Comparing the mobs of Trump supporters who stormed the U.S. Capitol on Wednesday to the armed gangs that brought down the Roman Republic, U.S. Sen. Michael Bennet, in an impassioned speech on the Senate floor, called on his colleagues to reject attempts to undo the election of Joe Biden.
Bennet, a Colorado Democrat, spoke late Wednesday when lawmakers returned to the Capitol, hours after violent supporters of President Donald Trump forced the House and Senate to interrupt debate over challenges to to Biden's electoral College victory over Trump.
"Colleagues, it has been a terrible day for everybody here and for our country," Bennet said as lawmakers resumed discussion over an objection lodged earlier in the day by Sen. Ted Cruz of Texas to counting Arizona's electoral votes.
Bennet excoriated Cruz and other Republicans for "twist[ing] the words" of a 19th century law they claim allows Congress to pick and choose which state's electoral votes to count. He also mocked the Republicans for basing their complaints about the integrity of the election on disproven theories that have been rejected by dozens of judges, including some who have "howled the president's lawyers out of the courtroom because there's no evidence of fraud."
Bennet also addressed another argument routinely advanced by Trump's allies, who insist that they're raising objections to the loss because their constituents believe unfounded theories that the Democrats stole the election.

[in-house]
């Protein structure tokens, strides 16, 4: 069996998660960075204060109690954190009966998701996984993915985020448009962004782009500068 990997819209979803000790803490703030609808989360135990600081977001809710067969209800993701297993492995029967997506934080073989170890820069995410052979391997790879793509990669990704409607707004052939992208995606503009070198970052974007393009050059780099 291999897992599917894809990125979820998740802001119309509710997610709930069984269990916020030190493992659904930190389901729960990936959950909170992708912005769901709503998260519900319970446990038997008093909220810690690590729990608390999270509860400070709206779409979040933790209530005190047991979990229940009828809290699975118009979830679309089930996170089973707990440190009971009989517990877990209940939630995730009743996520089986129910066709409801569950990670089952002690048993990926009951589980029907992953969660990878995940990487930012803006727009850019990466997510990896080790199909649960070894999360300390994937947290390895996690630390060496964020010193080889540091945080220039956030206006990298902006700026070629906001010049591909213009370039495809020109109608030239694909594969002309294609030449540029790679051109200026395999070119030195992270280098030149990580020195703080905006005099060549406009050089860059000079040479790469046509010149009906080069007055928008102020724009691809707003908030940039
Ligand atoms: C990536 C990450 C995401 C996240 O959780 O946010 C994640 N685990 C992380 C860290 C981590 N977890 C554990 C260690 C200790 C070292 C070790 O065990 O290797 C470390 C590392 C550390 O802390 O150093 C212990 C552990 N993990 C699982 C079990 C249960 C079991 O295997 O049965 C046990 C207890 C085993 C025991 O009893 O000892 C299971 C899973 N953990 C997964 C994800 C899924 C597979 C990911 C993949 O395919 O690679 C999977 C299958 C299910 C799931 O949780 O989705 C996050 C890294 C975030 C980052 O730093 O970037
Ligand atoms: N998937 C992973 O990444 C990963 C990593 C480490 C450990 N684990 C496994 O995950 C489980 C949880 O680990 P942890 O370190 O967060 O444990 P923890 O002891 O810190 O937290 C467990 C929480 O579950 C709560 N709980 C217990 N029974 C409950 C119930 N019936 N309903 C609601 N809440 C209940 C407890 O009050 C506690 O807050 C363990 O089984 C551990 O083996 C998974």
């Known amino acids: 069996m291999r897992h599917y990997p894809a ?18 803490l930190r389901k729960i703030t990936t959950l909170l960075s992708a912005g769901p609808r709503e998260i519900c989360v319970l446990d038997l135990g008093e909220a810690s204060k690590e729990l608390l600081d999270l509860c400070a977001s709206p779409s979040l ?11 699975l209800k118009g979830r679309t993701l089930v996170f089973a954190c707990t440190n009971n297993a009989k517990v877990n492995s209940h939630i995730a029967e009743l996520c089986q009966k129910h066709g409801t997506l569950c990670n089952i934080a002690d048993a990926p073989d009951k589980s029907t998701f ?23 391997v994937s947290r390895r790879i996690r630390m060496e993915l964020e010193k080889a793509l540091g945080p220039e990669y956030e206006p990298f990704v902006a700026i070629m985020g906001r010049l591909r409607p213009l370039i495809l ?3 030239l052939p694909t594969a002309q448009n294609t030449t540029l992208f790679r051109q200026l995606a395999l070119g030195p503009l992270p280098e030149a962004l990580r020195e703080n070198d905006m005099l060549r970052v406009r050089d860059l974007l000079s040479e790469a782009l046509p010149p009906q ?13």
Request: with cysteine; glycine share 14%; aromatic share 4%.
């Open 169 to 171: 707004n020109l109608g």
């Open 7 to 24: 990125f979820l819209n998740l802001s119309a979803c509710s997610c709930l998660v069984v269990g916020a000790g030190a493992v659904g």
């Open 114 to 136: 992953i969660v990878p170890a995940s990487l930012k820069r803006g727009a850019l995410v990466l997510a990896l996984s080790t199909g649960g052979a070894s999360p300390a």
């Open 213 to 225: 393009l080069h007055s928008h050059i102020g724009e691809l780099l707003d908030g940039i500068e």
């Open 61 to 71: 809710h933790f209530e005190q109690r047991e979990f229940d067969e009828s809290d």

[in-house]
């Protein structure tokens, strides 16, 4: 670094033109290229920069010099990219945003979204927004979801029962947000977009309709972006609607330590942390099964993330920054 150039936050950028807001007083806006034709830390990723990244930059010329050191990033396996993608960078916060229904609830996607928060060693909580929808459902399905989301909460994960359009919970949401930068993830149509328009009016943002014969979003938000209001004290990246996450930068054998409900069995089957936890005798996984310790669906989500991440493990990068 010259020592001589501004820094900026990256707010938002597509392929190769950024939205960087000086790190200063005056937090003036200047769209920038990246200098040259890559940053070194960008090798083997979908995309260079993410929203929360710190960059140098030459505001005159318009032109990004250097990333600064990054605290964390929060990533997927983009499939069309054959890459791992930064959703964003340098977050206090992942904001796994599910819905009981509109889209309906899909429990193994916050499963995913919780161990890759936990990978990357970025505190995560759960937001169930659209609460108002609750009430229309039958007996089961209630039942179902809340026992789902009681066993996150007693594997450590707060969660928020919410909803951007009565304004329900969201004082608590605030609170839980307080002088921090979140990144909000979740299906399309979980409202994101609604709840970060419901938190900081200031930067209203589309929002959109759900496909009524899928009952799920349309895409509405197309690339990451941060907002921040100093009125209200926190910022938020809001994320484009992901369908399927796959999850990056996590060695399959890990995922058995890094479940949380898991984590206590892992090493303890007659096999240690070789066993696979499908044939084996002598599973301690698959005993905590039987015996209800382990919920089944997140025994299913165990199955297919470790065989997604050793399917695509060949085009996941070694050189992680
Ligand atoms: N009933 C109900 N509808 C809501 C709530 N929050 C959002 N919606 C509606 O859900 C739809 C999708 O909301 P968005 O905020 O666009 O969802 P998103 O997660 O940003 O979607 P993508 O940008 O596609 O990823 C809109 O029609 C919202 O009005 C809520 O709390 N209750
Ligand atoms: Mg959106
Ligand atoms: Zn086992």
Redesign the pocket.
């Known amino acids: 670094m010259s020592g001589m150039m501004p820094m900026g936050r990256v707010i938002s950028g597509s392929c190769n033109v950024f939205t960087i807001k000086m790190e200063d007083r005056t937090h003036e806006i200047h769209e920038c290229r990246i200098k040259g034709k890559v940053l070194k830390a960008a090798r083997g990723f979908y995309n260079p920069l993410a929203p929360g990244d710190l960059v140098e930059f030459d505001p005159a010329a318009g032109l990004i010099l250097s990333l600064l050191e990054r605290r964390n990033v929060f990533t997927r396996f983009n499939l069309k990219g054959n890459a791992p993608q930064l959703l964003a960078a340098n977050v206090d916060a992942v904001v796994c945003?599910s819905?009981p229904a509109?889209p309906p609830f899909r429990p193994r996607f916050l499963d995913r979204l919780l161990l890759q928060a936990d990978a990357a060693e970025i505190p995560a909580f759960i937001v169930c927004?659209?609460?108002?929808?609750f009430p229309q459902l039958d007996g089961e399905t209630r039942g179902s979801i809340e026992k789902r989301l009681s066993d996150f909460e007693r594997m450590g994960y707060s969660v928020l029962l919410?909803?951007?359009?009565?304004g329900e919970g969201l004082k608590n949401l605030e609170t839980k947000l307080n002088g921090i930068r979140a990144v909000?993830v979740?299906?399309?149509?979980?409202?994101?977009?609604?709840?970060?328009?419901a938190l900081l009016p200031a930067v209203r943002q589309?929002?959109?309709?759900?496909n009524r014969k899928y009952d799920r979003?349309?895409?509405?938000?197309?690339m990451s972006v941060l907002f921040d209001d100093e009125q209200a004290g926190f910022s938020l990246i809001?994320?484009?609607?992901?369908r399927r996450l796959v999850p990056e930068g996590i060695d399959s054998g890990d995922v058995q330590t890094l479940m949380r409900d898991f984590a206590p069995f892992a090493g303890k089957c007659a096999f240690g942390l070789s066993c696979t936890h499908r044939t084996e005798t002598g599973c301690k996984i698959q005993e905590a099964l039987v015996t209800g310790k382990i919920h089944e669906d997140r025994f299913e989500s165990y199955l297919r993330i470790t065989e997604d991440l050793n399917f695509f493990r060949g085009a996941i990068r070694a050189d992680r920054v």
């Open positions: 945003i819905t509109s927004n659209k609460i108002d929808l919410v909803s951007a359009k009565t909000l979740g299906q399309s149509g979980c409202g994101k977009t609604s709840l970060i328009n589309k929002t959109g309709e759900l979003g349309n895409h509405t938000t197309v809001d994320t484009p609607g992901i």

"And by the way, the fact that 37% or 39% of Americans think there's evidence of fraud does not mean there is fraud," Bennet said. "If you turned a blind eye to a conspiracy theory, you can't now come to the floor of the Senate and say, ‘You're ignoring the people who believe the election was stolen.’ Go out there and tell them the truth, which is that every single member of this Senate knows this election wasn't stolen."
Urging his fellow senators to heed the lessons of the past, Bennet said he was often struck in the Senate chambers how the framers of the U.S. Constitution knew their history better than contemporary Americans do.
"I was thinking about that history today as we saw the mob riot in Washington, D.C.," he said, noting that the armed gangs who prevented elections from taking place in Rome led to the fall of the republic and the installation of a dictator.
"So, it is my fervent hope that the way we respond to this today, my dear colleagues, is that we give the biggest bipartisan vote we can in support of our democracy and in support of our Constitution and in rejection for what we saw today and what the Roman Republic saw in its own time."
After several other senators spoke, the objection to counting Arizona's 11 electoral votes was defeated by an overwhelming, bipartisan 93-6 vote. Colorado's junior senator, Democrat John Hickenlooper, who was sworn into office Sunday, voted with the majority to reject the objection.
Here's the full text of Bennet's address:
"Thank you, Mr. Vice President. Thank you, Mr. President.